Ancient Central American calendars ended in 2012, leading to predictions of global apocalypse: the eponymous movie predicted a deluge of water cresting the Himalayas. In The Day After Tomorrow, water inundated New York City as the Gulf Stream reversed.
And then there’s summer, 2012, in Europe.
Cinematic renditions exaggerate the conditions, but there is no denying that this has been an exceptionally cold and wet season.Ironically, while the United States suffers under heat, draught, and violent thunderstorms, summer has been completely absent in the Netherlands.
The Maas terrace café’s are open, but empty. The river is running high for July, swirling muddy beneath the St. Servatius bridge.
A meadow of multicolored umbrellas carpets the pedestrian streets – shoppers hurrying, huddled over, between the showers. They stop into storefronts when the rain turns particularly heavy, shaking the drops off of their coats and wiping their glasses.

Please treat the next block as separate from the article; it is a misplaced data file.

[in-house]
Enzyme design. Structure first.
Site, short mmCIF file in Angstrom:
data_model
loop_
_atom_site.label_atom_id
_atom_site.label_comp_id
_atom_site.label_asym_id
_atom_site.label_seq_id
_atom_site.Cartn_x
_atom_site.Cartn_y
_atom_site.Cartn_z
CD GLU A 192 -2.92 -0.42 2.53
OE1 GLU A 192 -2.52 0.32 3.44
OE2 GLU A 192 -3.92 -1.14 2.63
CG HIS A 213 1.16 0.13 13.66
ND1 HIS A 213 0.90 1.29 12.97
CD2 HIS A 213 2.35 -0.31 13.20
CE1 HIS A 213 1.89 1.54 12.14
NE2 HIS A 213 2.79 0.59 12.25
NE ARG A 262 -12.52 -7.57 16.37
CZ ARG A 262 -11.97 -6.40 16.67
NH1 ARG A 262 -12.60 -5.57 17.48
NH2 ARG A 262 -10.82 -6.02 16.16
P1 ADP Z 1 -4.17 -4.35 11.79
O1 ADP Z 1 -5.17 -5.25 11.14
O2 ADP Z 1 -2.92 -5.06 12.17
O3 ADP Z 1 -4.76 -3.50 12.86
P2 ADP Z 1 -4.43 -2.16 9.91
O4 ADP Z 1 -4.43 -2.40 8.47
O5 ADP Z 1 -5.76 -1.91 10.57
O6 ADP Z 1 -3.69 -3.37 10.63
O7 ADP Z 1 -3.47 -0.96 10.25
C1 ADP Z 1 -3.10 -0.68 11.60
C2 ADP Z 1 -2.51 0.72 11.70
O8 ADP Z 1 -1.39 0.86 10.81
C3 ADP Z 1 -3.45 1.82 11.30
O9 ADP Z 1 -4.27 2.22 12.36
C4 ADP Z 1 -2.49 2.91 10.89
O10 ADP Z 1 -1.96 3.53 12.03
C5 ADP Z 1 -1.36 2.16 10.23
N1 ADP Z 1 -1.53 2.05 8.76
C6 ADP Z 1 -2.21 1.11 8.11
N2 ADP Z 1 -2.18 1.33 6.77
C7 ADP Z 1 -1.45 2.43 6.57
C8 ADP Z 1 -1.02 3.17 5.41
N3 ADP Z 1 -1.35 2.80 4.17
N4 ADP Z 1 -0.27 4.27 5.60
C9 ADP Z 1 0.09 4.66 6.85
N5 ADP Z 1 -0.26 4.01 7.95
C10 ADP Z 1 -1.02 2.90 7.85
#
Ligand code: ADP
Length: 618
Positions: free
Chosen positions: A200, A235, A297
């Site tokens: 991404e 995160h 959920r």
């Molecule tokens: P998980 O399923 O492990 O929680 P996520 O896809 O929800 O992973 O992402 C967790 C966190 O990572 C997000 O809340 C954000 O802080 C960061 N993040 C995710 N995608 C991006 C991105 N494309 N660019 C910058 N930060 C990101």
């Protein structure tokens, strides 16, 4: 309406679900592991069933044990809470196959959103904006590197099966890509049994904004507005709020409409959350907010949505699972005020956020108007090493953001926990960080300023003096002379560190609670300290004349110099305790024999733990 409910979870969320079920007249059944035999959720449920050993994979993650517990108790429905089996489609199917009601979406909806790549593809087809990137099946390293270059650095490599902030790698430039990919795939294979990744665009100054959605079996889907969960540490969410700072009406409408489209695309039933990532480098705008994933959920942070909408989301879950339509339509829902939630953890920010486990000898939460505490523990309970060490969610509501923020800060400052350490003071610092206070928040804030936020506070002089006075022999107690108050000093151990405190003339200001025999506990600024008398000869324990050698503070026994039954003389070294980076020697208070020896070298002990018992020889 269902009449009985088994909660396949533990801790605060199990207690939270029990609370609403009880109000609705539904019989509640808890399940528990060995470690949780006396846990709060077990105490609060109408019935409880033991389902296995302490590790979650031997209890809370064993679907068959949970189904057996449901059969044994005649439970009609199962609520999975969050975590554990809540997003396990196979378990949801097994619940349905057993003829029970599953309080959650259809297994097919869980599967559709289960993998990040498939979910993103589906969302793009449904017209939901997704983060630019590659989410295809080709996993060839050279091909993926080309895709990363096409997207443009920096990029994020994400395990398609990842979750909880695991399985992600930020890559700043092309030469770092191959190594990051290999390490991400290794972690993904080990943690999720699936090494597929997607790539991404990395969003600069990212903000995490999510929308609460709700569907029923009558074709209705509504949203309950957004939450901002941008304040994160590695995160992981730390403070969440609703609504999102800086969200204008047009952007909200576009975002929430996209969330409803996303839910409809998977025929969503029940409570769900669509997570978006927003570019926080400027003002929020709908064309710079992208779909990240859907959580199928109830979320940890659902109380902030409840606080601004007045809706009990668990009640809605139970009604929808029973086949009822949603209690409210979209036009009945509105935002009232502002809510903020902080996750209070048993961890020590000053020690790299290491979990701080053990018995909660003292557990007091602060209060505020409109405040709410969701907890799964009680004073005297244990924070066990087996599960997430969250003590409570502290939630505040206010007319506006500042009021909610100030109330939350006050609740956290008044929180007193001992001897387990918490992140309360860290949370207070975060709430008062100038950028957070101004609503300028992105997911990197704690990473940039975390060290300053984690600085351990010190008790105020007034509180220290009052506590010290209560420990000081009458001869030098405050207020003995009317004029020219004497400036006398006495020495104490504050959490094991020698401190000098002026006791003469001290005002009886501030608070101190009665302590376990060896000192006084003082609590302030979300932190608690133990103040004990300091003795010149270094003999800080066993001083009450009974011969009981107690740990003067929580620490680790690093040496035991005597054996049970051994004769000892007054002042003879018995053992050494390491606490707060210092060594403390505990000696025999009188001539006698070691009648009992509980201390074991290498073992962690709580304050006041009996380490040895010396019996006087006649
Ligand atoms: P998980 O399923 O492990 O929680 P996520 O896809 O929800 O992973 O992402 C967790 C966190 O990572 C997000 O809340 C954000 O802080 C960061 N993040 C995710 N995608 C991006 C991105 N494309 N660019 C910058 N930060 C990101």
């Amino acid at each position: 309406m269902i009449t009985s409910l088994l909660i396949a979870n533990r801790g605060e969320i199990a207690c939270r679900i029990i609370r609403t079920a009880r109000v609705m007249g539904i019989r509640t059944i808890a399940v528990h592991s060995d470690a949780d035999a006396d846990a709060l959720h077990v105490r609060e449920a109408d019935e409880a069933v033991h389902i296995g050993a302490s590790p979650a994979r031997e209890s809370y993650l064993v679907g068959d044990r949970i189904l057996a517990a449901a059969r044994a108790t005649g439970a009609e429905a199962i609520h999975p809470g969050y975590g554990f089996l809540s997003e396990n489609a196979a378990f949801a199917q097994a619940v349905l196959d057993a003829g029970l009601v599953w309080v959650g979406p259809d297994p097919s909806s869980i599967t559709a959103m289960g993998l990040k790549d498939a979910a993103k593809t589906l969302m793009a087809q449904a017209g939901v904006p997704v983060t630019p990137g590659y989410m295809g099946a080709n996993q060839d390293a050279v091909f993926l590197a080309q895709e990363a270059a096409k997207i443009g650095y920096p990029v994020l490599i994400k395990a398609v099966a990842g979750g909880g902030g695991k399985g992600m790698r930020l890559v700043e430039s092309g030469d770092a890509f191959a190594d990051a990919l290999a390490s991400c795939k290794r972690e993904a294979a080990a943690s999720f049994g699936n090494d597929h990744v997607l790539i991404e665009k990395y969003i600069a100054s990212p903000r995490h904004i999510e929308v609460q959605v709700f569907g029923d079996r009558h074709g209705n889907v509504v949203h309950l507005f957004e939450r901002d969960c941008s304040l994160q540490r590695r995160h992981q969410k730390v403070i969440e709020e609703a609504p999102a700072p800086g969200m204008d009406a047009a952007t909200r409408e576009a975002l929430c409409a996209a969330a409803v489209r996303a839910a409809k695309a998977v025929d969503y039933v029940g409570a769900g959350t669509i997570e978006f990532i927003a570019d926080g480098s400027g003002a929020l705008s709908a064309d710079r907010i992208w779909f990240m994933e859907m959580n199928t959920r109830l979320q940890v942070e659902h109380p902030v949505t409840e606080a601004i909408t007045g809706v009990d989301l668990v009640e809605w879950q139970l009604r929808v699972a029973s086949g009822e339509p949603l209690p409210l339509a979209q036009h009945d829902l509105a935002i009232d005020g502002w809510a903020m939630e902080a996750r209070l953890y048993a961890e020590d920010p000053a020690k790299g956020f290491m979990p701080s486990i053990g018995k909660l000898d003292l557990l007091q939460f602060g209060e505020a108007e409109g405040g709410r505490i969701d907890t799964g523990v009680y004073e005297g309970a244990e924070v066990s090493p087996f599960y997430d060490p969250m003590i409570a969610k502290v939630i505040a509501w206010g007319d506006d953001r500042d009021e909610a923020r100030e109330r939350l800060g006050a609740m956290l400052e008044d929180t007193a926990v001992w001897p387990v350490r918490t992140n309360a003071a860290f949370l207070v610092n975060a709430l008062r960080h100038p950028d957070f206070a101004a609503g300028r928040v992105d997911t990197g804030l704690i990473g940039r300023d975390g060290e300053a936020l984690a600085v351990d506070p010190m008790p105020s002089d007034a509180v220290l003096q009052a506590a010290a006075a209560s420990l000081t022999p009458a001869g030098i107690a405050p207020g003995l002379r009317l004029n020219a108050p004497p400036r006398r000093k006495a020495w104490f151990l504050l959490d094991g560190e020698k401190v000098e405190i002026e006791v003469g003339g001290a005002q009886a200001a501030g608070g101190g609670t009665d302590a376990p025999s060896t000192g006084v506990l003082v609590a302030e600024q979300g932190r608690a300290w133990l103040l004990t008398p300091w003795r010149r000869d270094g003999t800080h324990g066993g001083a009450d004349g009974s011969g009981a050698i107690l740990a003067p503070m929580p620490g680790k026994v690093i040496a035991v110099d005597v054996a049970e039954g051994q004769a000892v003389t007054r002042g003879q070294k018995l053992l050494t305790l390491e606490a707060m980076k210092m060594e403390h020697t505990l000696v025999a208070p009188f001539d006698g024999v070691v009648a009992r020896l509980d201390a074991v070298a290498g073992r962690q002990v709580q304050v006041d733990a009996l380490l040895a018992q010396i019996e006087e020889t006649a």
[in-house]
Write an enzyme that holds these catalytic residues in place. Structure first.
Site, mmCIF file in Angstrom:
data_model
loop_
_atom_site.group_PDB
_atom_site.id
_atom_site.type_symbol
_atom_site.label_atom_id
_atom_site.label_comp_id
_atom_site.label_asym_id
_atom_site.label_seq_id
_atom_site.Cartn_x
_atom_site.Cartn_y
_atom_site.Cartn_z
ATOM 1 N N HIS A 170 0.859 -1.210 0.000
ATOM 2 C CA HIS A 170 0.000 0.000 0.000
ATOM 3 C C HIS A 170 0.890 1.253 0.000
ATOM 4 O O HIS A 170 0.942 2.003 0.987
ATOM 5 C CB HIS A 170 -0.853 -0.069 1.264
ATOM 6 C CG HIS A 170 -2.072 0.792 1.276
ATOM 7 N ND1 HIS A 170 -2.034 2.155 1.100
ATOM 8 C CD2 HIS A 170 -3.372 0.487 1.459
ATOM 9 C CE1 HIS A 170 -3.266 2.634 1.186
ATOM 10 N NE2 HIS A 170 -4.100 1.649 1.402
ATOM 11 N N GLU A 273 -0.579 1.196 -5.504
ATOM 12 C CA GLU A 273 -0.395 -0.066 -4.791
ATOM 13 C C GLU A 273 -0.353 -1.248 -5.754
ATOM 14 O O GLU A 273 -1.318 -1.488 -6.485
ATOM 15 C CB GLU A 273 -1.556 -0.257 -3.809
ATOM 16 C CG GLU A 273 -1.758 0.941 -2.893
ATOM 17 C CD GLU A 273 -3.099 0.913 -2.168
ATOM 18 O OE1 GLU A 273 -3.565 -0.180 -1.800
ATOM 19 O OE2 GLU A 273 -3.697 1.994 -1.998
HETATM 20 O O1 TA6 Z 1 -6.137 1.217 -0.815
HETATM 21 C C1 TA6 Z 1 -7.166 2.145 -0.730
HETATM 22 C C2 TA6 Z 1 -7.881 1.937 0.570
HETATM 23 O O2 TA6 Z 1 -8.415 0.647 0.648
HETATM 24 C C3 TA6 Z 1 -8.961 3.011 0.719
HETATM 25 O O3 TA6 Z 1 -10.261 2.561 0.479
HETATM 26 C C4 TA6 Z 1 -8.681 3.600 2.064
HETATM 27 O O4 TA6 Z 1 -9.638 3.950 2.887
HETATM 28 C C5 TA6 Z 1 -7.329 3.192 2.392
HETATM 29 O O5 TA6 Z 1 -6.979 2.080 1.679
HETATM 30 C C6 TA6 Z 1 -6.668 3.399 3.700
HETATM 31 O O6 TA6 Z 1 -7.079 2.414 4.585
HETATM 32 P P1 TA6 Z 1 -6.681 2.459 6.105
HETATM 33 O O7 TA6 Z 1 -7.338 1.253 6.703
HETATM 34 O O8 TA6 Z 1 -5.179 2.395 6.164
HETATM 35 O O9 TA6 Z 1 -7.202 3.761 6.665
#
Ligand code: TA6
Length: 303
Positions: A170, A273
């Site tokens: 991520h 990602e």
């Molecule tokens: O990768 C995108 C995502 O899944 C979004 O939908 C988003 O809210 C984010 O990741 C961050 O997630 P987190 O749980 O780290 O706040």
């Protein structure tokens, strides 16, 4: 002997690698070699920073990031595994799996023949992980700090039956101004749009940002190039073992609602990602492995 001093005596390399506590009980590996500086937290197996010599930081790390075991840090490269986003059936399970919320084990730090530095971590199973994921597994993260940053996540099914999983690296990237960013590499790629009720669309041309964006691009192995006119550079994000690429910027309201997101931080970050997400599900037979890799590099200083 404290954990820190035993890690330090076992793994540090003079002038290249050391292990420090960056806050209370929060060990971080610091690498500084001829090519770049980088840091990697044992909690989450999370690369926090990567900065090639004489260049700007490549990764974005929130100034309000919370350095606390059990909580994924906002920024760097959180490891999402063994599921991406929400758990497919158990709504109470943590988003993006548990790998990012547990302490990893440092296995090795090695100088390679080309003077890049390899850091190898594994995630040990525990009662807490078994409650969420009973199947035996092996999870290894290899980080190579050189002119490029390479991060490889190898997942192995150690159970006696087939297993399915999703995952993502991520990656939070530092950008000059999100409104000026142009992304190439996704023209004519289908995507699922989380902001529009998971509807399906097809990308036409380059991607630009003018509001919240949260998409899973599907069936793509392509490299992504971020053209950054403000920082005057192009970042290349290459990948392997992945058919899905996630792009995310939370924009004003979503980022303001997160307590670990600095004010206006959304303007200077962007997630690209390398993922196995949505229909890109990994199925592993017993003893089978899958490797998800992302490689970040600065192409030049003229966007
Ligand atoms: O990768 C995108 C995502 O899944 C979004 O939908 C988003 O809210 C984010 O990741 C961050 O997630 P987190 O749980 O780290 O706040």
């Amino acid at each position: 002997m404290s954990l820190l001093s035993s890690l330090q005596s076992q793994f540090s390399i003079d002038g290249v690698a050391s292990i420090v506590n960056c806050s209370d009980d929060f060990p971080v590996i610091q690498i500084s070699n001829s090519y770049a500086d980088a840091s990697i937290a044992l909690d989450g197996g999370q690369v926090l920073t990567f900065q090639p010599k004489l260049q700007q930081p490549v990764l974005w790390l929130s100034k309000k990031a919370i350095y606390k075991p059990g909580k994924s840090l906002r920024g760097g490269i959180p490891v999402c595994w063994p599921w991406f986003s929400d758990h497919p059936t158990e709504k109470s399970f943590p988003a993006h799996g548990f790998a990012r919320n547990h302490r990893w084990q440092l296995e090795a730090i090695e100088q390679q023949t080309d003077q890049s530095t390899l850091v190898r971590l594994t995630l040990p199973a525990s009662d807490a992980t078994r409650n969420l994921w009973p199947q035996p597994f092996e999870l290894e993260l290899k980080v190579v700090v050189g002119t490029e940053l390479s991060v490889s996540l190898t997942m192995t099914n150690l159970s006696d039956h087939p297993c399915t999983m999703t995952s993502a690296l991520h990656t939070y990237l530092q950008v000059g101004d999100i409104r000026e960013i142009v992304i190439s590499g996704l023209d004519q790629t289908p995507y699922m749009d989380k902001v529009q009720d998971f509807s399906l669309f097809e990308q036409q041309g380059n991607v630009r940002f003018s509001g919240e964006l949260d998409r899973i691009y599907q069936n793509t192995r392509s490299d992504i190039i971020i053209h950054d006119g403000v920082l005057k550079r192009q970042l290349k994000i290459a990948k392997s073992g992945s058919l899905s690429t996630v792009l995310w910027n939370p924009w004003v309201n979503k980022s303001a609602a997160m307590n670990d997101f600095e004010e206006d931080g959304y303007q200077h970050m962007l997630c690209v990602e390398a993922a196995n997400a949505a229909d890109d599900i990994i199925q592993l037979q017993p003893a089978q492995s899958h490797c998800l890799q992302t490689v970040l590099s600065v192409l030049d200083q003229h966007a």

Summer festivals, concerts in the Vrijthof bandshell, are attended by wintry onlookers. Musicians shiver in crisp white shirts, slowly turning sodden on their windward shoulder.
On the personally negative, the wet weather has put something into the air that is tweaking my occasional asthma: I’ve been waking at night unable to breath and coughing (This month brought to me by the Dutch words allergie, hijgen, hoest and niezen).
On the positive side, when the sun breaks through, it’s glorious in comparison.
It’s just a lot too little. People are making August plans to head south, Spain, Turkey, even Greece, in search of a bit of warmth. Thus, people readily know where to start the conversation when a colleague sports a tan.
For the rest of us, it’s a glance heavenward to see if the clouds have finally moved through; a glance downward to avoid water pooled on the saturated ground.
And remember, it could yet get worse. The Mayan calendar doesn’t end until December 21st, 2012.